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Full Speed Ahead: Automated Supply Chains Proliferate in the Global Pandemic

April 20, 2020
Fast-tracked by COVID-19, automation could make an even bigger mark on the world’s supply chains in 2020.

Long before the words coronavirus and COVID-19 became a part of our everyday vocabulary, companies were investing in automation that promised to improve efficiencies and speed up processes. Whether that meant adding “cobots” to distribution center floors, using artificial intelligence (AI) for better decision-making, or deploying automated storage and retrieval systems (AS/RS) in fulfillment centers, the adoption of automated systems was already growing year-over-year.

Rewind the clock back to 2016, for example, and more than 10% of U.S. warehouses were already using sophisticated automation technologies. “Imagine shuttles driving through racks, retrieving products and putting them on conveyor belts, while autonomous vehicles roam the warehouse with pallets of bulk products,” Westernacher Consulting writes. “Could this be the warehouse of the 22nd Century? No, it’s the modern warehouse of today.”

That modern warehouse continues to take shape and play an important role in the world’s supply chains. According to MarketWatch, the logistics automation market totaled $49.2 billion in 2018 and is expected to reach $96.2 billion by 2024, It’s growing at a compound annual growth rate (CAGR) of 12.1%, and being driven by the emergence of the Industrial Internet of Things (IIoT) and the advent of a network of connected systems.

Fast-Track Automation

The automation that’s been under development for years—and the connected systems that bring everything onto a single network—are in hot demand right now. With 2020 bringing with it a global pandemic that’s driven new social distancing rules, the push to get work done with fewer human employees (at least until the danger passes and things return to normal) is growing.

“Broad unease about losing jobs to machines could dissipate as people focus on the benefits of minimizing close human contact,” Michael Corkery writes in The New York Times’ “Robots Welcome to Take Over, as Pandemic Accelerates Automation.” “Before the pandemic, automation had been gradually replacing human work in a range of jobs, from call centers to warehouses and grocery stores, as companies looked to cut labor costs and improve profit.”

Now social distancing directives, which are likely to persist even after the crisis itself subsides, could prompt more industries to accelerate their use of automation. At the same time, worries about job losses or unease about having machines control vital aspects of daily life could dissipate. For example, supermarkets like Giant Eagle are using robots to free up employees who used to take inventory, The New York Times reports. Now, they can focus on disinfecting and sanitizing surfaces and processing deliveries to keep shelves stocked.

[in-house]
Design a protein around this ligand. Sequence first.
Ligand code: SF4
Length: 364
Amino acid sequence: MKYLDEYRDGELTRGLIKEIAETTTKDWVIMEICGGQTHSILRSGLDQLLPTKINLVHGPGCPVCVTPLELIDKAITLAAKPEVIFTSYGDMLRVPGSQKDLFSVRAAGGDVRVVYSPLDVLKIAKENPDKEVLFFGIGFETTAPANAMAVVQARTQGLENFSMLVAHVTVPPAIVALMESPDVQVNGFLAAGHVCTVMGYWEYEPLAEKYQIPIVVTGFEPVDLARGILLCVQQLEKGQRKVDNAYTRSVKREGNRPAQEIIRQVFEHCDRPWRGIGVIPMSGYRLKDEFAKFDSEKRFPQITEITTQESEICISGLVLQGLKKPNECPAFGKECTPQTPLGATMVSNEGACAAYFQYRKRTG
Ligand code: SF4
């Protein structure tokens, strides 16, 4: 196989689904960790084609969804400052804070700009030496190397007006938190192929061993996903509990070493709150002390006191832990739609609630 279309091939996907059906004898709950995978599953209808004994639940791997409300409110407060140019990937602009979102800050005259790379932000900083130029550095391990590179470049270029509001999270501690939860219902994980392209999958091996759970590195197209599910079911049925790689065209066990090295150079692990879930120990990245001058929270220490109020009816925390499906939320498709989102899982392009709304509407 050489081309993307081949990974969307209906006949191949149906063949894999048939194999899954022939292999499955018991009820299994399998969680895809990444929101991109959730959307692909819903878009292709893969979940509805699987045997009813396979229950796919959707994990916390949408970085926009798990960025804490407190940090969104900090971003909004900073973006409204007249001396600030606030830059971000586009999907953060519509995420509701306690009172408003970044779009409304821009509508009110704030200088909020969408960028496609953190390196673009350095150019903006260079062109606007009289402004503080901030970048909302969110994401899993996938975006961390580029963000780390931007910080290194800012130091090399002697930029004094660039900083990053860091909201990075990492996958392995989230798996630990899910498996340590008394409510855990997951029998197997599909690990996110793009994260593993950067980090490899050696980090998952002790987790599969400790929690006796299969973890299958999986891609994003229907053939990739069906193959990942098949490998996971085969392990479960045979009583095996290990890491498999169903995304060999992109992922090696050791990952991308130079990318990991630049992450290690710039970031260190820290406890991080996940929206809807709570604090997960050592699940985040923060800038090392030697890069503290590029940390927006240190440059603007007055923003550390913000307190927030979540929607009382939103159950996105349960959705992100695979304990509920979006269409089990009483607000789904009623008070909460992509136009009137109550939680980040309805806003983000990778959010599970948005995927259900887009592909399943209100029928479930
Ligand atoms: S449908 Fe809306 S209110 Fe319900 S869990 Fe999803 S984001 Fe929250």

In another example, the publication says that with closed offices keeping many of its workers away, PayPal has turned to chatbots, using them for a record 65% of message-based customer inquiries in recent weeks. The company is also using automated translation services so that its English-speaking representatives can help customers who don’t speak English.

Sailing in Uncharted Territory

As the coronavirus pandemic continues to push the world into uncharted territory, an automation boom is either already happening or ready to start. “Crisis can be sort of a catalyst or can speed up changes that are on the way—it almost can serve as an accelerant,” NYU’s Arun Sundararajan told protocol.

In the logistics and supply chain space, for example, experts expect the crisis to “catalyze more investment in automating the supply chain,” the publication reports. “Long term, the future got brighter for us; short term, it's a challenge," Attabotics’ Scott Gravelle told protocol. The key challenges include having to demonstrate automated products virtually rather than in person, as well as waiting out clients’ and investors’ pandemic-driven financial uncertainty.

More Automation Ahead

According to a recent Oxford Economics report, 12.5 million manufacturing jobs will be automated in China by 2030. “In the aftermath of the pandemic, it could be many more,” Shahin Farschi writes in “Expect More Jobs and More Automation In The Post-COVID-19 Economy.”

Prior to the COVID-19 outbreak, estimates on the specific impact automation will have on jobs varied, with McKinsey projecting that up to 30% of jobs in the U.S. would be automated by 2030, and the World Economic Forum (WEF) estimating that emerging professions resulting from automation could account for 6.1 million jobs globally between 2020 to 2022, Forbes reports.

“We have yet to see how the global pandemic will impact jobs in the long term,” Farschi writes, “but it’s safe to assume that we will see acceleration in automation where it keeps human workers, and consumers, safer.”
About the Author

Bridget McCrea | Contributing Writer | Supply Chain Connect

Bridget McCrea is a freelance writer who covers business and technology for various publications.

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